Each port can take 1 µOp per clk. This means that the CPU can dispatch a maximum of 5 (independent) µOps per clk. Since the decoders decode into the ooo buffer, they are now no longer dependent on the execution backend. This means that the decoders no longer have to stall when the execution takes more than 1 clk. In fact, the ports on a PPRO themselves are pipelined as well. Which means that even multiple-clk instructions such as multiply can be issued every clk, and they pass through the stages subsequently. With PPRO, you don’t specify execution speed of instructions by simply counting the clks, instead, you specify latency and throughput. For example, mul is specified as: latency 4 clks, throughput 1 per clk. This means that when we issue a mul, it takes 4 clks to complete in total. But you can issue 1 mul per clk. If you issue 2 subsequent muls, then the second one will follow one clk after the first. So we see the same ‘telescoping’ or ‘waterfall’ effect…

1 mul takes 4 clks
2 muls take 5 clks
3 muls take 6 clks

After execution, the µOps wait in the ROB for “retirement”. The retire stage will update all operands (register or memory) in order, at a maximum of 3 µOps per clk. It will also take care of the operand forwarding.

This rather complex and very interesting execution scheme shifts the focus from instruction scheduling to issuing µOps to the ooo backend. Scheduling instructions for dependency is now less important, because the CPU can schedule the µOps itself. There should not be so many dependencies that the ooo-buffer fills up faster than the backend can handle, but not each and every dependency results directly in a stall anymore. The ooo buffer acts like a cushion for dependencies and latencies.

You could see the CPU as a funnel for instructions… You can add up to 6 µOps per clk, then it can dispatch up to 5 µOps, and finally retire up to 3 µOps per clk. When writing code for PPRO CPUs, the main focus should be on using as little µOps as possible, rather than getting as many µOps per clk into the ooo buffer. Decoding them efficiently is important as well. Instructions that consist of more than 1 µOp should be scheduled to go into d0. Try to get both d1 and d2 to decode an instruction as well.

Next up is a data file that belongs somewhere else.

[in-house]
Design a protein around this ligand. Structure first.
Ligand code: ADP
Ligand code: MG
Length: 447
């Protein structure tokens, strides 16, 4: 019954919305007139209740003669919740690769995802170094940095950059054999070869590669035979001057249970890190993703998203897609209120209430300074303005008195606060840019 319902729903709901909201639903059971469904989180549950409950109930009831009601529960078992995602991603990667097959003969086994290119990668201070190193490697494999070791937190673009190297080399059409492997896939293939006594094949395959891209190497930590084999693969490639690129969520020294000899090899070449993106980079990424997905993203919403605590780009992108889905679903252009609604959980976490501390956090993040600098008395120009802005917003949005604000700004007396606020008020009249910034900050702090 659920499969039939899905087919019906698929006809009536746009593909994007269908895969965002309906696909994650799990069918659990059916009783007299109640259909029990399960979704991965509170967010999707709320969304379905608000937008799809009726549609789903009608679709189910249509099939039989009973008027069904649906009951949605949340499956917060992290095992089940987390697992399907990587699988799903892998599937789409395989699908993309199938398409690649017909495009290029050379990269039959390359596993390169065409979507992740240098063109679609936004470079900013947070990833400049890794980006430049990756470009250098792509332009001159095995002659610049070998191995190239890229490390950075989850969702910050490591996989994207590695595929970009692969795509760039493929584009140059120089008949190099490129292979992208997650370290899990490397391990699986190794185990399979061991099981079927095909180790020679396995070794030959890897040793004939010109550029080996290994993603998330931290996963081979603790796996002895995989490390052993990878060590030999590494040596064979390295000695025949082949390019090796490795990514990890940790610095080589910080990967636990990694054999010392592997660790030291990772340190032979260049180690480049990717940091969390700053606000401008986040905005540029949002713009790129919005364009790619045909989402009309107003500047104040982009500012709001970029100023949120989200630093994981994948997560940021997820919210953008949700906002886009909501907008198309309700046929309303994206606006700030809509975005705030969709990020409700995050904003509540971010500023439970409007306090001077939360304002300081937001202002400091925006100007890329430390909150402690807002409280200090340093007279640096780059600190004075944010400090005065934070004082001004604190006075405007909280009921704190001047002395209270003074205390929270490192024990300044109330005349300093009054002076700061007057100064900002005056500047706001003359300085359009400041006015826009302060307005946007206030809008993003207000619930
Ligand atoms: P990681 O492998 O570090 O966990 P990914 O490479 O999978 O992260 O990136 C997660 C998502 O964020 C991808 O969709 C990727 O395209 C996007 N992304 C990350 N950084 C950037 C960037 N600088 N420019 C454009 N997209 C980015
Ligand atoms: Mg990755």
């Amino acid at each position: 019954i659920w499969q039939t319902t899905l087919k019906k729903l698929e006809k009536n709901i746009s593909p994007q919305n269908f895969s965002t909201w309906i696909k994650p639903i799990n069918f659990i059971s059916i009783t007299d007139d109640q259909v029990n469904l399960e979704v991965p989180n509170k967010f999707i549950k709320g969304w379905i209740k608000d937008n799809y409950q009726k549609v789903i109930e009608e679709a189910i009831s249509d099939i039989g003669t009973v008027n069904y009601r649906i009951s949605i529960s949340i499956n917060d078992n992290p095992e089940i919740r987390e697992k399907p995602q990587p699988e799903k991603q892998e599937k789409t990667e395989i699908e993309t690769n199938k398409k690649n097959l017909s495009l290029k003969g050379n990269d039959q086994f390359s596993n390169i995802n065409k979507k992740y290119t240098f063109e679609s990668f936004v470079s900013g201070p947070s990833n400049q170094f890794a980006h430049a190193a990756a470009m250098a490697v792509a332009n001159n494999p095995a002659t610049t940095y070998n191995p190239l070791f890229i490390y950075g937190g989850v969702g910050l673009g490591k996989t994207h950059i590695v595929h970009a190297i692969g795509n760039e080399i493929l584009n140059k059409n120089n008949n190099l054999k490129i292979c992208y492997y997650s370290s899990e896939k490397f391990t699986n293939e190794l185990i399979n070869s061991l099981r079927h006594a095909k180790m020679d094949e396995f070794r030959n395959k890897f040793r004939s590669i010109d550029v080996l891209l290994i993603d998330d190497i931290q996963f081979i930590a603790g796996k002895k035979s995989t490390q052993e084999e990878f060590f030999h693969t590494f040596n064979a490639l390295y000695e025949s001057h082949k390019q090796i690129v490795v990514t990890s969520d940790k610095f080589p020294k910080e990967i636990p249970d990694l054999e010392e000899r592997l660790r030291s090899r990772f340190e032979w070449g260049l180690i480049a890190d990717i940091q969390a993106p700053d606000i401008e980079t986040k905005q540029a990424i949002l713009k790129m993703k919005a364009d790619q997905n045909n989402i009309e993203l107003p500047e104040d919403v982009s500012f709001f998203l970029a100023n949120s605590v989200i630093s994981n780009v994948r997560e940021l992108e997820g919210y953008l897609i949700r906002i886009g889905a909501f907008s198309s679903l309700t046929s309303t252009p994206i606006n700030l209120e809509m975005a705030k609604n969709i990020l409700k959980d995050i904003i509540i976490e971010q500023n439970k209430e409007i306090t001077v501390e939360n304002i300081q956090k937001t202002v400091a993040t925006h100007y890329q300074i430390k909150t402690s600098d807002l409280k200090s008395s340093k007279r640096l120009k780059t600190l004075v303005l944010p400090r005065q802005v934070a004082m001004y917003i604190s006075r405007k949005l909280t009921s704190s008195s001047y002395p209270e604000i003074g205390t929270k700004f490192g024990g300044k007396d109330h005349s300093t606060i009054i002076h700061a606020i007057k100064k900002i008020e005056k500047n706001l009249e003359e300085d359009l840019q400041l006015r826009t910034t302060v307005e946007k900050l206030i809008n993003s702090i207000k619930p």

One part we’ve not touched yet, is the PPRO’s register renaming scheme. While on the outside it appears that the PPRO has only 8 integer registers, it has in fact 40 temporary registers inside. It uses these temporary registers internally, for a special kind of dependencies such as this one:

mov eax, [a]
mul [b]
mov [c], eax
mov eax, [d]

We saw earlier that a mul takes 4 clks. If the CPU would use the physical registers directly, then the last mov would have to wait until the previous store operation was dispatched. But instead the first three instructions get one temporary register assigned for eax, and the last instruction gets a new temporary register assigned again. The eax register has been ‘renamed’ to a temporary register. Now the load operation can be dispatched at any time, it does not have to wait for the previous instructions to finish. The CPU can rename 3 registers per clk. Each temporary register has its own dependency chain. Try to keep these chains short, so that the CPU can allocate new temporary registers early, which will reduce dependencies, and allow the CPU to dispatch more indepentent µOps. (note: the old tricks of ‘xor reg, reg’ or ‘sub reg, reg’ to set a register  to 0 will not be recognized as independent. A new independent chain will not  be created.)

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4 Responses to CPUs and pipelines, how do they work?

  1. Pingback: Multi-core and multi-threading performance (the multi-core myth?) | Scali's blog

  2. Pingback: Thought this was cool: Multi-core and multi-threading performance (the multi-core myth?) | Scali’s OpenBlog™ « CWYAlpha

  3. harshan says:

    Nice post

  4. Thanks for that. I admit, I started getting lost when it got into examples of actual Pentium instructions in the latter half. But, it definitely helped me understand the general concept of pipelining.

    Modern CPUs are so complicated. Nothing like the good ol’ days of 8-bit CPUs. I tried to look up the pinout of an Core i7, just for fun. It’s a hundred page document. The i7 has something like 1500 pins (or pin contacts). Wowsers.